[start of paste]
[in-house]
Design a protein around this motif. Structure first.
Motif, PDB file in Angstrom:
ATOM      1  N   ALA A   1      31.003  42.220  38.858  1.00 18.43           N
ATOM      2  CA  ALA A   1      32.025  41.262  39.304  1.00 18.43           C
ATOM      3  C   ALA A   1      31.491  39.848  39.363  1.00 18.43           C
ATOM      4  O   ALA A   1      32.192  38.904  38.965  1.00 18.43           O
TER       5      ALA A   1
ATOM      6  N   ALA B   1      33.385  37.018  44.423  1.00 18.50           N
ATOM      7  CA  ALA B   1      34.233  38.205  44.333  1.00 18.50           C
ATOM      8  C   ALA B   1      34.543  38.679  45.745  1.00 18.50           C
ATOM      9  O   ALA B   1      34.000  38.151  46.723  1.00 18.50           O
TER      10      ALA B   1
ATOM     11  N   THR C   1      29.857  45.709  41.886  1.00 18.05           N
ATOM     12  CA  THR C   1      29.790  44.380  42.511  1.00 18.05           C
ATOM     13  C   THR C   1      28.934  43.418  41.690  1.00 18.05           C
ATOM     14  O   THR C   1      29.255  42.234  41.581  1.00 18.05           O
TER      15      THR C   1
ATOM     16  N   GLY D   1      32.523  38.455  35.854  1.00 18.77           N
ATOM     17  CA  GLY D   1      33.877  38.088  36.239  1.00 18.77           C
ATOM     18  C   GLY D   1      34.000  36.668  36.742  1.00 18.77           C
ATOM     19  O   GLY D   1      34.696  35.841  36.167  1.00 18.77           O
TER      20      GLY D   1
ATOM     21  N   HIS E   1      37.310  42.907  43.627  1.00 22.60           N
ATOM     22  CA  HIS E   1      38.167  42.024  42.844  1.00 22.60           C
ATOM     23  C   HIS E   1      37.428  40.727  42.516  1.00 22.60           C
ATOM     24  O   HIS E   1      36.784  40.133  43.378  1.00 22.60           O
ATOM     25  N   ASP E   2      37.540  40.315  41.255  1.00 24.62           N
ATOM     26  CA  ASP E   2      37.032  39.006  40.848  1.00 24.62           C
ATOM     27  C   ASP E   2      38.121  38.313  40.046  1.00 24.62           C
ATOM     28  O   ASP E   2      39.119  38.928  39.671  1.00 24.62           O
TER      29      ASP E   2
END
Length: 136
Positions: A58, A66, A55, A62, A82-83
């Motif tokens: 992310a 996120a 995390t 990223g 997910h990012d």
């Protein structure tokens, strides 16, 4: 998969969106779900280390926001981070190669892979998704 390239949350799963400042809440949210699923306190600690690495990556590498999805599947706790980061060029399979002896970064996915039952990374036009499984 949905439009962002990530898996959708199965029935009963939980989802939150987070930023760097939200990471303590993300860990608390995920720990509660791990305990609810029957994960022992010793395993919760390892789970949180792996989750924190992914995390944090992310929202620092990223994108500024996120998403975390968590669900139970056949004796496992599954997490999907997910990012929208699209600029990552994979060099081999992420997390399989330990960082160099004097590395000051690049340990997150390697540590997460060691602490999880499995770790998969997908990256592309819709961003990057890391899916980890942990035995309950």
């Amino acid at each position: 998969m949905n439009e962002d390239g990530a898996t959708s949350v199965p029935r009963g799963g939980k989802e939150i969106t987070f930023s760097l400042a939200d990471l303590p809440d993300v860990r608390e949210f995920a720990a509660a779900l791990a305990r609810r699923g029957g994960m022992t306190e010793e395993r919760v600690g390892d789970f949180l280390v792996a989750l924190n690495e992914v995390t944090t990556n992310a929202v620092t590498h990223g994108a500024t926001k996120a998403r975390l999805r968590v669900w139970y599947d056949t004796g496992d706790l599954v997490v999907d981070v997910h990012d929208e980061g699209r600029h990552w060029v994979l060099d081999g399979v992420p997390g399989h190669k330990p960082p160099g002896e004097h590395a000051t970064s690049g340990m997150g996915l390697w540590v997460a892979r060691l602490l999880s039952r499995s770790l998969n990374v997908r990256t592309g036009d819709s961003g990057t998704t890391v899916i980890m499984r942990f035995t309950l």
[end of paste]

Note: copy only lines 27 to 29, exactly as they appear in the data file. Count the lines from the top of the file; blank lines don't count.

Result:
ATOM     24  O   HIS E   1      36.784  40.133  43.378  1.00 22.60           O
ATOM     25  N   ASP E   2      37.540  40.315  41.255  1.00 24.62           N
ATOM     26  CA  ASP E   2      37.032  39.006  40.848  1.00 24.62           C